Rolls-Royce cannot seem to catch a break. The company has spent the last few years dealing with corruption issues, problems on a flagship engine program, the threat of Brexit, and now the COVID-19 pandemic.
Rolls-Royce reported a loss of GBP2.2 billion on turnover of GBP16.6 billion for 2019, up 5 percent from 2018 turnover of GBP15.7 billion. The loss in 2019 was attributed to problems with the Trent 1000.
The troubles reached their nadir in 2017 when Rolls-Royce agreed to pay over $800 million to resolve several long-running bribery and corruption inquiries. Even more damaging was the $3.7 billion write-down on its currency hedge brought on by a Brexit-induced weakening of the British pound versus the U.S. dollar. All told, the company posted a record-setting loss of some $5 billion.
In an effort to right the ship, CEO Warren East wasted no time in ordering a review of Rolls-Royce’s operations. New compliance policies and ethics training have since been implemented, and the number of intermediaries – a key problem in the scandal – has been reduced. The company is being monitored over a set period, with no prosecution taking place provided that no infractions occur.
With one fire out, another appeared in the form of ongoing issues with the Trent 1000 engine, which powers the Boeing 787 Dreamliner. Turbine blades on some of the engines have worn out sooner than expected, resulting in delivery disruptions and aircraft groundings. According to the company’s latest annual report, 2019 results were impacted by a GBP1.4 billion charge related to Trent 1000 issues. The company is progressing on fixing the program, with the certification of the new blade design expected in 2021. However, the lingering problems, coupled with reduced air travel in light of the pandemic, do not bode well for future engine sales, and it may be many years before airlines look past the engine’s current troubles.
As if that weren’t enough, the company is now trying to develop a strategy to deal with the COVID-19 crisis. Commercial aviation has been hammered by the pandemic as airframe production slows. Both Airbus and Boeing have cut production across their product lines – a dramatic reversal from the past years of booming production to fill record backlogs.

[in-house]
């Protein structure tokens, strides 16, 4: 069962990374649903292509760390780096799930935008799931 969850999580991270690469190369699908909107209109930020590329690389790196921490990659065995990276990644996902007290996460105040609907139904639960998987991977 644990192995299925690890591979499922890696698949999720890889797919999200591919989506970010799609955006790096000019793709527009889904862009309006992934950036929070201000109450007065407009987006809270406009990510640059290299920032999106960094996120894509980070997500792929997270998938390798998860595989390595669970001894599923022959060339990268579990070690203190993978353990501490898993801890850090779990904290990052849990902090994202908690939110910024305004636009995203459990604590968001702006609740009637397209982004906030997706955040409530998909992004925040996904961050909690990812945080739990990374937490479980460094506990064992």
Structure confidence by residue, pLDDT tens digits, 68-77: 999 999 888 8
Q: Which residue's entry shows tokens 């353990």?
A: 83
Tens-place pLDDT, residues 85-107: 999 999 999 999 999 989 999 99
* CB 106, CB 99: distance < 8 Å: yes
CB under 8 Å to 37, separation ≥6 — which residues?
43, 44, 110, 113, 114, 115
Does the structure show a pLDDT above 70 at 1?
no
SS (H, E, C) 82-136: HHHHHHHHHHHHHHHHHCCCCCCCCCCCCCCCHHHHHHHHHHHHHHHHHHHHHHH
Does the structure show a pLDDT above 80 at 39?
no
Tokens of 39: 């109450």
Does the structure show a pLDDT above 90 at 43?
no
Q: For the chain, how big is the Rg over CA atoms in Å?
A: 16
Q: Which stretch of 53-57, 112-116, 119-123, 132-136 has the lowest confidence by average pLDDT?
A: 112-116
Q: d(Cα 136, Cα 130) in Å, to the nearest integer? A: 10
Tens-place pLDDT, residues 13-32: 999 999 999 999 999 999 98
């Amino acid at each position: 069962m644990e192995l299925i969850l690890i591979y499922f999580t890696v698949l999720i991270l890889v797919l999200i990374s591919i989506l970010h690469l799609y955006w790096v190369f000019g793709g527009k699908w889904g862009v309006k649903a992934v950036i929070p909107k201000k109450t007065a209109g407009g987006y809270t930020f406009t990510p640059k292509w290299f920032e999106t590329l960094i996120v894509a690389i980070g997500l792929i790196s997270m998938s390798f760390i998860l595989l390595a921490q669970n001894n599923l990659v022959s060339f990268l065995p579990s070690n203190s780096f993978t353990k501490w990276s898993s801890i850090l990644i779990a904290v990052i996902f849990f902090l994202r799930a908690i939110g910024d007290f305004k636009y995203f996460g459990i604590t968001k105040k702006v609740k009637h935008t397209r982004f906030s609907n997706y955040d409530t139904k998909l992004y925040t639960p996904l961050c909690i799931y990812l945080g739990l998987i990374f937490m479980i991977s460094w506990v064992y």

At this writing, the company was contemplating a 15 percent reduction in its workforce, which would put 8,000 jobs on the line. The crisis has exacerbated a vulnerability in the company’s product offerings. Over the past few years, Rolls-Royce has focused its programs on widebody aircraft, while the market has been demanding narrowbody planes.
Now, in light of the pandemic, interest in widebodies will likely be further reduced. Prior to the pandemic, the A380 was already completing its production run; now, in-service aircraft may be retired even sooner. This reduction in service of large aircraft also cuts into another Rolls-Royce revenue stream, MRO. As the industry looks to recovery, the widebody sector is expected to trail the marketplace, with demand anemic.
With narrowbodies likely to be a focus in a post-pandemic economy, Rolls-Royce is no doubt stepping up efforts in this market. Rolls-Royce did have a foothold in the narrowbody market via its shareholding in International Aero Engines (IAE). However, it sold its stake in IAE to Pratt & Whitney for $1.5 billion some years ago. With the narrowbody market forecast to be strong in the years ahead, Rolls-Royce is focusing on developing new technology, such as the Advance and UltraFan.
While grim at the moment, services and support are expected to remain avenues of growth for the company. Both the U.S. and U.K. are expanding the use of professional service providers to supplement their armed forces – so much so that operation and maintenance budgets are expected to rival production budgets.
The company’s new management team has its work cut out for it as it deals with headwinds in this COVID-19 era.